BK: Right now, I think anything less than the semifinals will be kinda disappointing with the kind of year that they’ve had. North Carolina’s already gotten them once – it’s tough to beat the same team twice, but I have North Carolina getting past (UCLA) in the semifinals. UCLA definitely has the talent where they can go far and they could win it all. There’s no better No. 1 in the country, probably, than Mackenzie McDonald, and it seems like, there at the end, they’re stronger in doubles. They got Gage Brymer back and healthy, and he’s helped shore up the top three a little bit more this year. Karue Sell’s been tearing it up at four, and it seems like even the guys at five and six, you know, I wouldn’t say they’re huge favorites over everybody, but they’re winning a lot more than they’re losing. So I’d say – I know in the past that Billy’s biggest concern was five and six, but (Logan Staggs and Joe Di Giulio) have more than held their own against everybody this year, so as long as they can keep winning two out of three or so up top, they got a chance to beat anybody.

DB: You mentioned that there have been a lot more upsets this year with the top-10 teams. Do you think there is more parity in college tennis this year compared to past years?

BK: Yeah, I think so. It’s just the way no-ad scoring has just opened it up to where – in the past, the better player could grind down the lesser-ranked player, but now things go so quickly from 40-0 to 40-40. The ones who are a little bit mentally stronger seem to be coming through, and I can’t remember any time in the past where this many higher-ranked teams have been losing to teams that were 30, 40, 50 spots lower. It’s given some of the other guys a chance to where they get hot for a couple games, and the next thing you know they got a set, where in the past they might only win a game or two if it was long ad scoring. So yeah I’d say there’s definitely more parity this year. You still got a lot of the same top-end teams, but I think on any given day it seems like a lot of the other teams can string together a nice win. They might not be able to take out two, three teams in a row, but in that one individual match there’s a chance they can pull the upset.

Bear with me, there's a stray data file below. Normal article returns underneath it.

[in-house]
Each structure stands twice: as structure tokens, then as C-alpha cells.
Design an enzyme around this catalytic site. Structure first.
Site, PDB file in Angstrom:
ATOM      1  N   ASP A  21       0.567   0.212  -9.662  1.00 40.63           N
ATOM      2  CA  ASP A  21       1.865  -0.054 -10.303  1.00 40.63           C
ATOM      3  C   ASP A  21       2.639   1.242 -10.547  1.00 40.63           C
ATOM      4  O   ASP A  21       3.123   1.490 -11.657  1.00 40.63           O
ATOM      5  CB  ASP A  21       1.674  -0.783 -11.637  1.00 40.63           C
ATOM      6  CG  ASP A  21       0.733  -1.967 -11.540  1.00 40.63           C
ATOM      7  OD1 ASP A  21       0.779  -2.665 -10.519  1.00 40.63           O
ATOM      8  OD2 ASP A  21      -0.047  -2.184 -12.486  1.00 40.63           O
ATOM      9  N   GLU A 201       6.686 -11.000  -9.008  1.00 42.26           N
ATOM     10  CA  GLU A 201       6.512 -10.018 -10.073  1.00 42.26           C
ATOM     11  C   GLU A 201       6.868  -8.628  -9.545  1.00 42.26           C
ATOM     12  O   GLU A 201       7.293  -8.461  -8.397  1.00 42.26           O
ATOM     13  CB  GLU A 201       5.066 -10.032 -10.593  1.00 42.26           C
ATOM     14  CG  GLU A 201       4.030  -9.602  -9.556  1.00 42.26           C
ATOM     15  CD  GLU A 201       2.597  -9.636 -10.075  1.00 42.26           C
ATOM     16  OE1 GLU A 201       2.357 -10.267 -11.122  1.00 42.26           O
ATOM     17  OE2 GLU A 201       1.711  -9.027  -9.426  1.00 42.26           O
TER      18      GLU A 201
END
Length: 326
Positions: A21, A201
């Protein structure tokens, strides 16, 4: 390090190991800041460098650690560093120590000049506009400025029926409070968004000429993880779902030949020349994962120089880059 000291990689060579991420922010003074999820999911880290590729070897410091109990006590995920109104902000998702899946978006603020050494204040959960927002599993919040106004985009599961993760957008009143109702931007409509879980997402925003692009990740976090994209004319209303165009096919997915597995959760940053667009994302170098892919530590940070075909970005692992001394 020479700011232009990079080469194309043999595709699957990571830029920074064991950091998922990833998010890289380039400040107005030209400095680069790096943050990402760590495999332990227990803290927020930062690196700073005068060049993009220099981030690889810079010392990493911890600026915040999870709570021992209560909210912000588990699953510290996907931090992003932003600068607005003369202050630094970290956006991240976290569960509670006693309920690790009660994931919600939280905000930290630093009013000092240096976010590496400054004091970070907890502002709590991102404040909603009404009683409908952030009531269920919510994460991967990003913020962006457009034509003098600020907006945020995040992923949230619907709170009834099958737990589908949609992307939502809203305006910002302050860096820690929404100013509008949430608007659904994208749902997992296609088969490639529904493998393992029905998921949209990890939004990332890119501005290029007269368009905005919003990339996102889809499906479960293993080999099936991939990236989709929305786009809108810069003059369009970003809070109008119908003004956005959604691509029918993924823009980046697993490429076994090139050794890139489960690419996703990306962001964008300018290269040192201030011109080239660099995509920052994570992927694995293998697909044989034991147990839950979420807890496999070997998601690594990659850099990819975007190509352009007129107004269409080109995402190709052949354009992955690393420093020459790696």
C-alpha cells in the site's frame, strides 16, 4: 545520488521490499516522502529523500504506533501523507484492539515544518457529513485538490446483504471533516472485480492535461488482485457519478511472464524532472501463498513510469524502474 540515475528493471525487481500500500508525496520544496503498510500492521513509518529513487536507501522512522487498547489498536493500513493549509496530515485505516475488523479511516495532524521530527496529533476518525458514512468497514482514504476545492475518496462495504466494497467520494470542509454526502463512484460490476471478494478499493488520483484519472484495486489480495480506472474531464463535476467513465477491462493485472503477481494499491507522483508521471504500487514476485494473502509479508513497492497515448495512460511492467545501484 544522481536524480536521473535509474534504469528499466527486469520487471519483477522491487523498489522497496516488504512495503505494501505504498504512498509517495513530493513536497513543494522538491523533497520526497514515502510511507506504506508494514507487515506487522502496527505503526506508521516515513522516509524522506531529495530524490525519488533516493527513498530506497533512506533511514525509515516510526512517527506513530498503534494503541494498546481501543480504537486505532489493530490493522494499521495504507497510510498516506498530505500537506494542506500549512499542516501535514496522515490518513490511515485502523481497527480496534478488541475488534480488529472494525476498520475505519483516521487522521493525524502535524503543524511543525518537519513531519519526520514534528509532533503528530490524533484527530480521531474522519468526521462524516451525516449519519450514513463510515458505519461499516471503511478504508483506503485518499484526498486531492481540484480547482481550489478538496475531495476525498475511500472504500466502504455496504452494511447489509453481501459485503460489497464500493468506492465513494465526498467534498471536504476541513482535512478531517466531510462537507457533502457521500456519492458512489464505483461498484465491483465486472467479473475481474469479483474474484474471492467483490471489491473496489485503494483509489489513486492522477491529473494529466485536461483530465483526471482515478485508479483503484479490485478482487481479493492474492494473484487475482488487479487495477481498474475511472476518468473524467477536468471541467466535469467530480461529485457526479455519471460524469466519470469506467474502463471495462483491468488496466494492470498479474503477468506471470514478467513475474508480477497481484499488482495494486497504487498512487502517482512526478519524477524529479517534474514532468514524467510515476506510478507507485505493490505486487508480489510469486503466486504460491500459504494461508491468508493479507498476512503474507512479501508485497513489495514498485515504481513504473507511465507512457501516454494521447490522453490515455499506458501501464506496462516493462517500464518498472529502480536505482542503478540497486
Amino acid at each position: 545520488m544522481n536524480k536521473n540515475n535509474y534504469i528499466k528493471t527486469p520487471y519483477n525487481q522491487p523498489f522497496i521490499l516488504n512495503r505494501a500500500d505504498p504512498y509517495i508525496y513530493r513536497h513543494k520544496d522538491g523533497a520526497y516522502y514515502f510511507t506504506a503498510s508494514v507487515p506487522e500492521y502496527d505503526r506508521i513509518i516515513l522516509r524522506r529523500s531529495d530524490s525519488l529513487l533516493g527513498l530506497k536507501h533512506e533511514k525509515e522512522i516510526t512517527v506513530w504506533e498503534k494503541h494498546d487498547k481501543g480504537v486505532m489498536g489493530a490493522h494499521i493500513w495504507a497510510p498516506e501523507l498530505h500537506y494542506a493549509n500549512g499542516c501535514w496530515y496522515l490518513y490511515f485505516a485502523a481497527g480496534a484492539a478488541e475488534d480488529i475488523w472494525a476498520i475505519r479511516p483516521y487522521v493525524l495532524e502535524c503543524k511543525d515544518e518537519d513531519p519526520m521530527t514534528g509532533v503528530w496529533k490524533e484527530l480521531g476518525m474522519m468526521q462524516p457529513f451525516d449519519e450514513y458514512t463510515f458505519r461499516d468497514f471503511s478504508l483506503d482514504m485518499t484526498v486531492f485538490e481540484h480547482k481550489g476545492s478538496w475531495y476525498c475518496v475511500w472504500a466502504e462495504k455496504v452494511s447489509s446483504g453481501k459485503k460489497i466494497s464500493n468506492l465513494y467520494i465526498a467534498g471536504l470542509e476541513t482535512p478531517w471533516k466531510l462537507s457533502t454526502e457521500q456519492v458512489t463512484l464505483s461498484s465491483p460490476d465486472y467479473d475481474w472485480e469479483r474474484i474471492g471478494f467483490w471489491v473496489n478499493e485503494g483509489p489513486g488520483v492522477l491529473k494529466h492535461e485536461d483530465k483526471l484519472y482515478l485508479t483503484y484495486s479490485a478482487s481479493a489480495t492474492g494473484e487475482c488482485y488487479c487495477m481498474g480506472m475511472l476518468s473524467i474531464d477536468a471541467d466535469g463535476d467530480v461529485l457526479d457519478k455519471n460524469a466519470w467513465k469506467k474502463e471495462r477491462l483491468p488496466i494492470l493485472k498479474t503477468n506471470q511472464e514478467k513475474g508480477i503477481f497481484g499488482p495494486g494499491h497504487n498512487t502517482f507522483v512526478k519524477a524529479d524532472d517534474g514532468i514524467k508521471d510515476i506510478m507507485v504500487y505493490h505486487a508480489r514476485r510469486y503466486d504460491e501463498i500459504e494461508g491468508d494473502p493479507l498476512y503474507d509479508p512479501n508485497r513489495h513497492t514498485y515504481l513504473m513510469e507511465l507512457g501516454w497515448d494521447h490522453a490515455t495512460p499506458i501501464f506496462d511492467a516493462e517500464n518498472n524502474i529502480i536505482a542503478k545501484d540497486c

DB: With the ITA announcing a couple weeks ago that it was moving their headquarters to Arizona State, we kind of got a feeling that Arizona State was going to reinstate their men’s tennis program. But now that they’ve officially reinstated it, what does that mean for the Pac-12, adding another team, and what does it mean logistically to add another team to the schedule?

BK: I think it’s obviously huge, especially with it being somebody who’s upper level, not to say anything bad about Oregon State or Washington State, but Arizona State, that’s a big-time player there. I’d like to think with the amount of money that they’re gonna spend that they’d get a nice coach and get some nice recruiting – there’s no reason they shouldn’t be a top-25, top-30 team. I guess the only challenge is that there’s gonna be an odd number of teams (in the Pac-12). There’s always gonna be somebody that’s playing one match during the week in the conference schedule as opposed to everyone always playing two and two. But I think it’s good for the conference, and it’s one of the few positives we’re seeing in college tennis. You always hear about these programs getting dropped and it’s nice to see that someone’s coming back. It’s probably all tied to the football TV money, so if that keeps getting bigger, then maybe that’ll rub off on tennis. Hopefully, that’d be nice.

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Hanson Wang | Alumnus
Wang joined the Bruin as a freshman in 2015 and contributed until he graduated in 2019. He was an assistant Sports editor for the 2016-2017 academic year and spent time on the football, men's basketball, women's soccer, men's tennis and women's tennis beats.
Wang joined the Bruin as a freshman in 2015 and contributed until he graduated in 2019. He was an assistant Sports editor for the 2016-2017 academic year and spent time on the football, men's basketball, women's soccer, men's tennis and women's tennis beats.